HCNG Buses in Delhi: Know what is Hydrogen-Enriched Compressed Natural Gas, its Benefits & HCNG vs CNG Difference
HCNG is the hydrogen spiked CNG which is produced using compact reforming process.
Hydrogen-Enriched Compressed Natural Gas, HCNG-based 50 buses will hit the roads of Delhi from October 20, 2020 onwards, as a part of Government's plan to combat air pollution in the national capital.
A 4-tonne HCNG production plant has been set up at the Rajghat-1 bus depot of the Delhi Transport Corporation (DTC). Union Minister for Petroleum and Natural Gas, Dharmendra Pradhan and Delhi's Transport Minister Kailash Gahlot will be inaugurating this HCNG production plant on October 20, 2020.
As a part of pilot project, 50 buses of this depot will run on HCNG for a period of six months. With a little tuning, the present CNG-run buses will be used to run on HCNG.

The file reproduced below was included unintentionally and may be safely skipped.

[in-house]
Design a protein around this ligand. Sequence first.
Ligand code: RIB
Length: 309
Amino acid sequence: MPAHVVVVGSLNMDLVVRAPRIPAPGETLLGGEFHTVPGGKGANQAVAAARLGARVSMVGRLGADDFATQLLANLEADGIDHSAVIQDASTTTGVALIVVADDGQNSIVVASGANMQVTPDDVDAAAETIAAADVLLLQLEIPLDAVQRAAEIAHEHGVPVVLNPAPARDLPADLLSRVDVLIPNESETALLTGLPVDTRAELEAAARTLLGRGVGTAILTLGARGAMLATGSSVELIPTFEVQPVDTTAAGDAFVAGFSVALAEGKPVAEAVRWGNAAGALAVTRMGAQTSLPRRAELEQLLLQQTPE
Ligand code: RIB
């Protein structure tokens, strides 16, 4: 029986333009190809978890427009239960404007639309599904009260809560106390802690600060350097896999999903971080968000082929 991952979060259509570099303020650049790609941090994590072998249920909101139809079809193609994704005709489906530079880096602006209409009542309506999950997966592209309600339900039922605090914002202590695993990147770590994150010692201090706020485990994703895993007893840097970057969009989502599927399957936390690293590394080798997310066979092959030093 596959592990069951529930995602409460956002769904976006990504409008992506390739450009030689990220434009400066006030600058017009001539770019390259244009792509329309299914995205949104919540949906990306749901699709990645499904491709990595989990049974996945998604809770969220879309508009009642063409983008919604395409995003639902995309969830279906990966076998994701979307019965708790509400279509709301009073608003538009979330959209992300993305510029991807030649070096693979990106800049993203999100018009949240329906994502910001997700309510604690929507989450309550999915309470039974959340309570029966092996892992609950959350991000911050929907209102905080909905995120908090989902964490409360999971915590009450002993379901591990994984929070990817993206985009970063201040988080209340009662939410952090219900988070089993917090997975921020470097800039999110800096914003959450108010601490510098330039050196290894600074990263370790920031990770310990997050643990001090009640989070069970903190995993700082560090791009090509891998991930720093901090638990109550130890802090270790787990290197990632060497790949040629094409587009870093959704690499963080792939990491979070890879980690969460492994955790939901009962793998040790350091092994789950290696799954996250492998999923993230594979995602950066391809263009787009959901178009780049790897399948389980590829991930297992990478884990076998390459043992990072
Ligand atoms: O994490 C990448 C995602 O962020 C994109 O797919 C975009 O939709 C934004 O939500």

What is HCNG?
HCNG stands for Hydrogen-enriched Compressed Natural Gas. HCNG is produced by blending the hydrogen with CNG. It is the hydrogen spiked CNG which is produced using compact reforming process. This compact reforming process was patented by the Indian Oil Corporation (IOC).
Benefits of HCNG
- In comparison to hydrogen, it is easier and safer to use the HCNG as it contains low energy content, just up to 30% in terms of volume.
- The Hydrogen-enriched CNG reduces the emissions of engine's unburned hydrocarbon and fastens up the combustion process.
- The HCNG also enhances the fuel efficiency of engine by lowering down the fuel consumption of vehicle.
Difference between HCNG & CNG
- HCNG is a cleaner and economical fuel than the CNG-Compressed Natural Gas.
- The Power output of HCNG-run vehicles is better than the CNG ones.
- The use of HCNG is likely to result in 70% more reduction in emission of carbon monoxide, in comparison to the CNG.
In 2019, the Supreme Court had suggested to switch to HCNG vehicles as a solution to fight the poor air quality of Delhi-NCR region.
The Indian Oil Corporation Limited (IOCL) and the Indraprastha Gas Limited (IGL) collaborated to set up the first semi-commercial HCNG production plant to study the use of HCNG fuel in 50 CNG-run buses, which are BS IV compliant, in the national capital.
The IOCL developed the technology to create the HCNG through the compact reforming process, which is 30% more cost effective.